“Yes.” In for a penny, in for a pound. Grey felt something of the giddy recklessness he experienced when plunging into a fight. “Do you by chance recall an adjutant named Charles Carruthers? He was with one of your companies in Quebec.”

“Carruthers,” Siverly said, a mildly questioning tone in his voice—but it was plain from his face that the name was familiar to him.

“He had a deformed hand,” Grey said. He disliked reducing Charlie to such a description, but it was the quickest and surest way forward.

“Oh, yes. Of course.” Siverly’s broad, pockmarked brow lowered a bit. “But he’s dead. I’m sure I heard that he was dead. Measles, was it? Some sort of ague?”

“He is dead, I’m afraid.” Grey’s hand dipped into his coat, hoping he remembered which pocket he’d put the folded paper in. He pulled it out but held it in his hand, not offering it yet to Siverly.

“Do you know my brother, by chance?”

“Your brother?” Siverly now looked frankly puzzled, “The duke? Yes, of course. I know of him, I mean; we aren’t personally acquainted.”

“Yes. Well, he has come into possession of a rather curious set of documents, compiled by Captain Carruthers. Concerning you.”

“Concerning me? What the devil—” Siverly snatched the paper from Grey’s hand, anger flaring so suddenly in his eyes that Grey had an instant apprehension of how some of the incidents Charlie had described had come about. The violence in the man was simmering just below the skin; he saw only too well how Siverly had come so close to killing Jamie Fraser.

Siverly read the page quickly, crushed it in his hand, and threw it to the ground. A vein stood out on his temple, pulsing blue under his skin, which had gone an unpleasant purplish color.

“What balderdash is this?” he said, his voice thick with rage. “How dare you come bringing me such whinging, blithering—”

“Do you deny that there is any truth in Captain Carruthers’s account?” The page was one regarding the events leading to the mutiny in Canada. There were more damning pages—many of them—but Grey had thought to start with something clear-cut.

“I deny that Pardloe has any right to question me in the slightest particular! And as for you, sir—” Siverly loomed suddenly over Grey, fists clenched. “Damn you for an interfering, busy-bodying fool! Get out of my sight.”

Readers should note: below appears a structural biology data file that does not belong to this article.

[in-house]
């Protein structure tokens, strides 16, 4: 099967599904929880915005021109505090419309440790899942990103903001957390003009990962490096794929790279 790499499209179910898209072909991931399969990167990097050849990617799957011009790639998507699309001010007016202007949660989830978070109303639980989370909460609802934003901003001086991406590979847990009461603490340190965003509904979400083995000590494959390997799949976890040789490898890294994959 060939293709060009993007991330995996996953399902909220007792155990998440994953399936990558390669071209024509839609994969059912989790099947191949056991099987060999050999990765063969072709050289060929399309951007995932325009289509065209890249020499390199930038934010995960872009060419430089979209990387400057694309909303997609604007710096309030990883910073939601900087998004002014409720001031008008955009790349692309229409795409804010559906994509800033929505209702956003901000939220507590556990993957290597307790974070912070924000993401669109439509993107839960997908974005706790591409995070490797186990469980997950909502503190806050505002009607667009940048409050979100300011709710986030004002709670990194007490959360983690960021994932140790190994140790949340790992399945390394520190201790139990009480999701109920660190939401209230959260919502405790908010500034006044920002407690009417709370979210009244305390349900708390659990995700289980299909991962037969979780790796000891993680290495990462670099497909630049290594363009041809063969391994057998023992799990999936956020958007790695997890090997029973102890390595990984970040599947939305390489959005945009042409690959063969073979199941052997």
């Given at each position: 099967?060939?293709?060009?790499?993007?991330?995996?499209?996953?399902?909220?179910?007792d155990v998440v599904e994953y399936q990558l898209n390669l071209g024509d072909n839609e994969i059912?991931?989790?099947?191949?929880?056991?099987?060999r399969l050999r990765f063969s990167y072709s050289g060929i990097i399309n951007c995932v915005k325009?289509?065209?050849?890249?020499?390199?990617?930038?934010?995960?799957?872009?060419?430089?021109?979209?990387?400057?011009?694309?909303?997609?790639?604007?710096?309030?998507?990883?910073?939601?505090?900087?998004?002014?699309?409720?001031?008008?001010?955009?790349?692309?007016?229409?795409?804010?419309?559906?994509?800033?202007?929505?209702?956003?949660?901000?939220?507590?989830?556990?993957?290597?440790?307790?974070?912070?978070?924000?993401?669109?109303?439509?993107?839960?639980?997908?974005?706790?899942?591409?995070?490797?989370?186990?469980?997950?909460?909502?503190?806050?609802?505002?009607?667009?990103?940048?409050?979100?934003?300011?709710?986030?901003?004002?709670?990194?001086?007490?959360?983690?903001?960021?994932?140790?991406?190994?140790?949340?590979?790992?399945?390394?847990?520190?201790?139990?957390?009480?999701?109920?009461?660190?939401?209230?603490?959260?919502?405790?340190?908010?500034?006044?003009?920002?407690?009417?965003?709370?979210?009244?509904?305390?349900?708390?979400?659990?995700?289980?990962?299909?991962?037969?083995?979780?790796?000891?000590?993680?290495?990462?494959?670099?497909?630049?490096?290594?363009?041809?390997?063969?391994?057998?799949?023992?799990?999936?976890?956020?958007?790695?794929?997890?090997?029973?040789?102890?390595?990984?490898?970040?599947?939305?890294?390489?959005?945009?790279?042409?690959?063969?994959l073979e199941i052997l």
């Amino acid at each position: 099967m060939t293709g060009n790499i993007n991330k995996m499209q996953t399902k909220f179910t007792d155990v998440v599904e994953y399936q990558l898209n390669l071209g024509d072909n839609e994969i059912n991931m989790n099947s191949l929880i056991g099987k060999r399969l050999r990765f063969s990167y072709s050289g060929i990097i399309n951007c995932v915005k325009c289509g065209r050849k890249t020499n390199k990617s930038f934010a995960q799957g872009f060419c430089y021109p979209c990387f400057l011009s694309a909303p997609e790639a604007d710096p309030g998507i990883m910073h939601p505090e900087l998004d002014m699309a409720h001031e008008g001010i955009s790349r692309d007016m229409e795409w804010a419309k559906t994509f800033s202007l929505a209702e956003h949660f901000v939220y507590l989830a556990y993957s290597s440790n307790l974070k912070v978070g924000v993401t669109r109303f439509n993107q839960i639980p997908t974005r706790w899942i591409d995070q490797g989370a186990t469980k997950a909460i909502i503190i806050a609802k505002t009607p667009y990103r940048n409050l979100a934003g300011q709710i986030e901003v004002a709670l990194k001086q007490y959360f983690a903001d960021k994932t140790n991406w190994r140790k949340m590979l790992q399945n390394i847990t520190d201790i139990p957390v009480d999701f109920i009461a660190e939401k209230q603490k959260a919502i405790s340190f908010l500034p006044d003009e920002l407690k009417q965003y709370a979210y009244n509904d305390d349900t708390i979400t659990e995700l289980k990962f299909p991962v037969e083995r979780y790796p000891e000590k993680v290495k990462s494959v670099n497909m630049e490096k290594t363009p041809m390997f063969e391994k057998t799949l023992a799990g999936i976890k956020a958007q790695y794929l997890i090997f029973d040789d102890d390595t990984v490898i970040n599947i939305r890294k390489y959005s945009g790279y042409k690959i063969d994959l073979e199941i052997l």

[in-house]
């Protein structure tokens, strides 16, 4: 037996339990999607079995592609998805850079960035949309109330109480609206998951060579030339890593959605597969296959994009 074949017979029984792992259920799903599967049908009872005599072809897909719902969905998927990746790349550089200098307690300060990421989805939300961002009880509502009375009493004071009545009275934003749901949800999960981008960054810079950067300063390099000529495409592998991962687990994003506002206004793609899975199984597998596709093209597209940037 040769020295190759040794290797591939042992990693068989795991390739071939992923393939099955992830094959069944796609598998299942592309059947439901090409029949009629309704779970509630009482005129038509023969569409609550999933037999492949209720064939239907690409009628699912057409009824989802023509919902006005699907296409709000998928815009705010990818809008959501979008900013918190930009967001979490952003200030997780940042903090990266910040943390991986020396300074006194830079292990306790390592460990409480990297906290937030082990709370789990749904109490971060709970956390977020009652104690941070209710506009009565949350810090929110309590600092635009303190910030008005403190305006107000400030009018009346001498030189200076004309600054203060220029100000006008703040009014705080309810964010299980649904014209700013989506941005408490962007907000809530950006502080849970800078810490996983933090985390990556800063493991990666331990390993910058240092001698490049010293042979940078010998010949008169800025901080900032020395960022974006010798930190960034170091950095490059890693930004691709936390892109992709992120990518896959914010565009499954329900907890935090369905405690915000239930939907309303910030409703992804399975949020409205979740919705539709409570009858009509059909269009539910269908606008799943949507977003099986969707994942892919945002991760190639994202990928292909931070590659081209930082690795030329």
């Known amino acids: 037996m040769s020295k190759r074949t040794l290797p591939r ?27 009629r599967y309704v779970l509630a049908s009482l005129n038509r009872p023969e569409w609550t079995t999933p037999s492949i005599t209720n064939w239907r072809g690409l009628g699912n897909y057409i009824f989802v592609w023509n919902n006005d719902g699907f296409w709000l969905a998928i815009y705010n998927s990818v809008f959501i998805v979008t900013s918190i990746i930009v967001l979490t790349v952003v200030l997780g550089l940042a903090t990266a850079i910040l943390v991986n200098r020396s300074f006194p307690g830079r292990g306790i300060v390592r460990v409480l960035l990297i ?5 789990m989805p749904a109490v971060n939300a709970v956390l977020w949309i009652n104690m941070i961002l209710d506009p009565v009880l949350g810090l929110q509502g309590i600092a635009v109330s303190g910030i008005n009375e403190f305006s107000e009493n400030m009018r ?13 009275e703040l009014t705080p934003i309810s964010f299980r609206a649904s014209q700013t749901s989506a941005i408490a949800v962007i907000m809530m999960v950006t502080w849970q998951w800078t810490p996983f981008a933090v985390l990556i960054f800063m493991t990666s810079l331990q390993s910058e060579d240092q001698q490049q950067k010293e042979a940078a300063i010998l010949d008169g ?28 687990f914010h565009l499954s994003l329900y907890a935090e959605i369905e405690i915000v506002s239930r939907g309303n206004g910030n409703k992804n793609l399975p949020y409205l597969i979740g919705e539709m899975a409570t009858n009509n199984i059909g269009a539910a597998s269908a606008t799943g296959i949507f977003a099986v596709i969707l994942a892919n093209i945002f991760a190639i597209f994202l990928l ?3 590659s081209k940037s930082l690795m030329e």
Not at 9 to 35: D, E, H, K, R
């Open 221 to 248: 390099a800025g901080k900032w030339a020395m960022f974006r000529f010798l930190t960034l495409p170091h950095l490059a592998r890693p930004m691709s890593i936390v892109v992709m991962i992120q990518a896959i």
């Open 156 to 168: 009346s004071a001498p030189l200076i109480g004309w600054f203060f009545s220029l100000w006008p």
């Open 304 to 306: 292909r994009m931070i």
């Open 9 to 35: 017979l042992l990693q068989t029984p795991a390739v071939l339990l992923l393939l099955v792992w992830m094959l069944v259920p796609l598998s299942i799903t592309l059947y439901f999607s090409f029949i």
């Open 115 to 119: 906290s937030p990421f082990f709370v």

Before Grey could move or speak, Siverly had whirled on his heel and stamped off, moving like an ox with its tail on fire.

Grey blinked, belatedly realized that he was holding his breath, and exhaled. The summerhouse was twenty feet away; he went and sat on the steps to collect himself.

“So much for gentle persuasion,” he said under his breath. Siverly had already reached the lawn and was forging up it to the house, making the occasional furious gesture en route.

Plainly an alternative plan would have to be put in train. But in the meantime, there was a good deal to think about. Edward Twelvetrees, for one. That ironbound chest, for another.

Grey had been in the army in one capacity or another since the age of sixteen. He knew what a paymaster’s books looked like—and, likewise, a paymaster’s chest. Clearly Twelvetrees and Siverly were involved in something together that involved the disbursement of funds—and fairly considerable funds—to a number of individuals.

Siverly had disappeared into the house. Grey continued to sit for a little, thinking, but could come to no firm conclusions. Obviously, Siverly wasn’t going to tell him anything about the paymaster’s chest. Perhaps it would be worth riding over to Brampton Court—that’s where the butler had said Twelvetrees was staying—and trying to inveigle information out of the other conspirator. At least he was reasonably sure that Twelvetrees wouldn’t try to kill him out of hand. Though it might be as well to bring his dagger.

Just as Grey rose to his feet, Twelvetrees himself came out of the house and, looking out across the lawn, saw Grey at the summerhouse. He lowered his head and came down, looking bitter and determined.

Grey waited.

Twelvetrees was slightly flushed when he arrived but had himself well in hand. None of Siverly’s volcanic passion showed in that lean, long-nosed face. There was hostility, to be sure, and considerable dislike.

“You should leave, Colonel Grey,” he said without preamble. “And do not come back. I tell you this for your own good; there is no profit in pestering Major Siverly, no matter what your motive—and I confess I cannot make that out. No, don’t tell me—” He held up a minatory hand. “I don’t care. Neither do you need to know what my motives are. Suffice it to say that you meddle in matters that you do not understand, and if you continue to do so, you will regret it.”